Among the causes of death increasingly striking working-age Americans between 1990 and 2017 are drug overdose, alcohol use and suicides, according to a new report
published Tuesday by the National Academies of Sciences, Engineering, and Medicine.
Cardiometabolic conditions, which include diabetes and heart diseases, are another major driver toward the trend that Americans are more likely to die before age 65 than those who live in other rich nations.
Young adults between ages 25 and 44 have grown up amid an obesity epidemic, often with unhealthy diets and a lack of safe, open space for exercise, the authors of the report point out.
"We're losing more and more Americans in the prime of their lives, in their most productive years and in their parenting years," said Kathleen Mullan Harris, a professor of sociology at the University of North Carolina. She chairs the Committee on Rising Midlife Mortality Rates and Socio-Economic Disparities, which authored the report.
Declines in life expectancy over decades
The committee, which included researchers from universities around the country, was convened to help explain why US life expectancy had plateaued, and then declined in recent years.
"Beginning in 2010, progress in life expectancy stalled in the United States. Then between 2014 and 2017, life expectancy fell for three years in a row," Harris said in a news conference on Tuesday.
The three-year slide was the largest sustained decline in life expectancy since the 1918 flu pandemic.
The commitee did not examine data from the past year, but its final report comes after the US Centers for Disease Control and Prevention reported
that overall US life expectancy had dropped a full year in the first half of 2020, during the Covid-19 pandemic.
The current pandemic has only exacerbated the underlying trends driving down life expectancy in working age Americans, particularly in how disparities in health affect working class communities avnd people of color.
Higher death rates since 1990 among Black Americans can be traced to inequalities in socioeconomic status, health care, housing and education -- all driven by historic systemic racism, the report noted.
During the 27-year period highlighted in the report, fatal drug overdoses rose sharply particularly in Appalachia, New England and the industrial Midwest, as the market was flooded with highly addictive prescription drugs. And the rise in suicides was most pronounced among white men.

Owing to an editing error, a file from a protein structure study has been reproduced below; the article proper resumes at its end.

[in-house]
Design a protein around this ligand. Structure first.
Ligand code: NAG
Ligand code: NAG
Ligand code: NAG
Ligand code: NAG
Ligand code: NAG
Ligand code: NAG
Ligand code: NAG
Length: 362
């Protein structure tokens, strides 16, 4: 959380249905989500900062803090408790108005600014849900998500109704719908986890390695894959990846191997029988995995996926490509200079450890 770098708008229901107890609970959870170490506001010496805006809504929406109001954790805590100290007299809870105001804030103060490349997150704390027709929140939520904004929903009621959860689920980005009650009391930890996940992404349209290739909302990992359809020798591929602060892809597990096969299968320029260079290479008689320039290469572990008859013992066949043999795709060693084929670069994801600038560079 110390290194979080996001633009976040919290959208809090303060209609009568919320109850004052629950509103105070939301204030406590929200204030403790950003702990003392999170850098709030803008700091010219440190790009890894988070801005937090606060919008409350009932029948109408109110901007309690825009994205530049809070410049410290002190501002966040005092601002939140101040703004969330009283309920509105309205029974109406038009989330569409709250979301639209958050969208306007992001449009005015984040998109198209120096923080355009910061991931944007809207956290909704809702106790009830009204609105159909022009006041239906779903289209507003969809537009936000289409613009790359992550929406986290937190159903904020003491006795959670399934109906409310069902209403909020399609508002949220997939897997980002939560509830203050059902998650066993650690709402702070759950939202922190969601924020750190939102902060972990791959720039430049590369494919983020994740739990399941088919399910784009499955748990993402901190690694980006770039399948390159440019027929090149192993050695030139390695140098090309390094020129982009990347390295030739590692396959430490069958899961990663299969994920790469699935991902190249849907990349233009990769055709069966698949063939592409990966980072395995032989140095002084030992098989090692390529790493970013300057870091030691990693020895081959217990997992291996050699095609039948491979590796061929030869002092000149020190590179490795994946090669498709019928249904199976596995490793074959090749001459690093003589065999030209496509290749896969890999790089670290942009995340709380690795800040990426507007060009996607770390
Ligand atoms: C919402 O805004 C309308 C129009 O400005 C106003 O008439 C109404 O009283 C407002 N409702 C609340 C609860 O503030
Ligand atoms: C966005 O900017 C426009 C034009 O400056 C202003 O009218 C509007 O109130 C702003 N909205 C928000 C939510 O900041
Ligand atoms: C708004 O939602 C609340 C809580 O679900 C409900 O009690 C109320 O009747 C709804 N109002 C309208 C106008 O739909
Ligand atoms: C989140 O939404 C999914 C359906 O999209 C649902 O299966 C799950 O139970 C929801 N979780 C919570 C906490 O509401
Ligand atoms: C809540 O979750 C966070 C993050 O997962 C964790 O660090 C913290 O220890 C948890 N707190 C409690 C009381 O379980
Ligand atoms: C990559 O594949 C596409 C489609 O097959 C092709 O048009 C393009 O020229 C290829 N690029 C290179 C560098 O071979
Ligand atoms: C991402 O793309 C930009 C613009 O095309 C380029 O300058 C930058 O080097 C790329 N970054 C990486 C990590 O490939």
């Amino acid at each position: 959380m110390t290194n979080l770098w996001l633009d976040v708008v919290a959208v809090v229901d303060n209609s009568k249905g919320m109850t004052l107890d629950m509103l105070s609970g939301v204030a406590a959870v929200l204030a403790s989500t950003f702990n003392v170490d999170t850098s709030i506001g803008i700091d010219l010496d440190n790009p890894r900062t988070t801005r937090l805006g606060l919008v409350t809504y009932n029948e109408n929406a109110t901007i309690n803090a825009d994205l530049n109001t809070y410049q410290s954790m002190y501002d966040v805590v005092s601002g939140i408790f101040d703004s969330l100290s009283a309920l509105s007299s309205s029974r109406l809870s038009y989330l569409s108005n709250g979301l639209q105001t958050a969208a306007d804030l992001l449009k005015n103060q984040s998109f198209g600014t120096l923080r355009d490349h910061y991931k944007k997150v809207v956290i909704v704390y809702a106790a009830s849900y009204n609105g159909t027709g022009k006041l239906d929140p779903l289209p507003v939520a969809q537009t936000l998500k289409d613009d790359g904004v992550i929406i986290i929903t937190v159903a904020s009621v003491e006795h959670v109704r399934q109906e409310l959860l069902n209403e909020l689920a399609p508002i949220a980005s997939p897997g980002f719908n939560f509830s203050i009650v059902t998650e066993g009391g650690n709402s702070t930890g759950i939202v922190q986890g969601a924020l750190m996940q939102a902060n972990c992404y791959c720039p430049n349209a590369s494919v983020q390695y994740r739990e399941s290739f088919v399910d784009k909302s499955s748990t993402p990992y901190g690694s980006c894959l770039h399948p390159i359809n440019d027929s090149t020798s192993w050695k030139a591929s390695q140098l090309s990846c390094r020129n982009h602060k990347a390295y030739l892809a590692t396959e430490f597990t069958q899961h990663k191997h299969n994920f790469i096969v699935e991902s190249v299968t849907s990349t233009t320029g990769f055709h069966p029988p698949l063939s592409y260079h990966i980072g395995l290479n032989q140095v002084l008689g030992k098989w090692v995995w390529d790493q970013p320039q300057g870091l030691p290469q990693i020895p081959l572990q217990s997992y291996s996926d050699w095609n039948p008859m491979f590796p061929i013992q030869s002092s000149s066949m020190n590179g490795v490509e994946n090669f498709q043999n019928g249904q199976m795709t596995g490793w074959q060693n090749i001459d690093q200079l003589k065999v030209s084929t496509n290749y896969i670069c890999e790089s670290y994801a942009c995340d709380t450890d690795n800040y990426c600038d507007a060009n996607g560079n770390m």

"The period during which this mortality rate occurred was a period in which many parts of the country and many communities suffered significantly in terms of their economic circumstance," said Dr. Steven Woolf, a committee member, and a professor in the department of family medicine and population health at Virginia Commonwealth University School of Medicine.
A prescription for change
The authors offered a number of recommendations to address the increased death rates, including strengthening regulatory control of prescription drugs and improving access to substance abuse and mental health services.
They argue that obesity prevention programs ought to begin early in life. And they should target those most at risk, including racial and ethnic minorities, as well as women and those living in poverty.
But beyond direct public health interventions, the researchers pointed to ways in which our social fabric can be adjusted to increase life expectancy.
"We also have to look upstream to what you might call the causes of the causes," Woolf said during the news conference. "What are the living conditions, what is it about life in America that is increasing the vulnerability of our communities, families, and individuals?"
The report recommends using the Affordable Care Act to expand Medicaid coverage in states that haven't done so yet.
"Our committee reviewed the literature, showing that Medicaid expansion is associated with significantly better health outcomes," Woolf said.
While those economic trends manifest differently in different regions, they span the racial divide.
"We really need to think about the economy and how it's left certain communities that very vulnerable -- for example, to the collapse of manufacturing jobs and mining jobs -- how to adapt our social and economic policies in a way that not only rescue their economic circumstances but also improve their health," Woolf said.
The report's final conclusions call for engaging policymakers to dismantle structural racism and discriminatory policies in areas such as education, housing, lending, civic participation and criminal justice.
"It remains a priority for us to confront this as a nation and to pursue policies that will help us dismantle those historic policies and practices that have excluded so many from achieving their best possible health outcomes," Woolf said.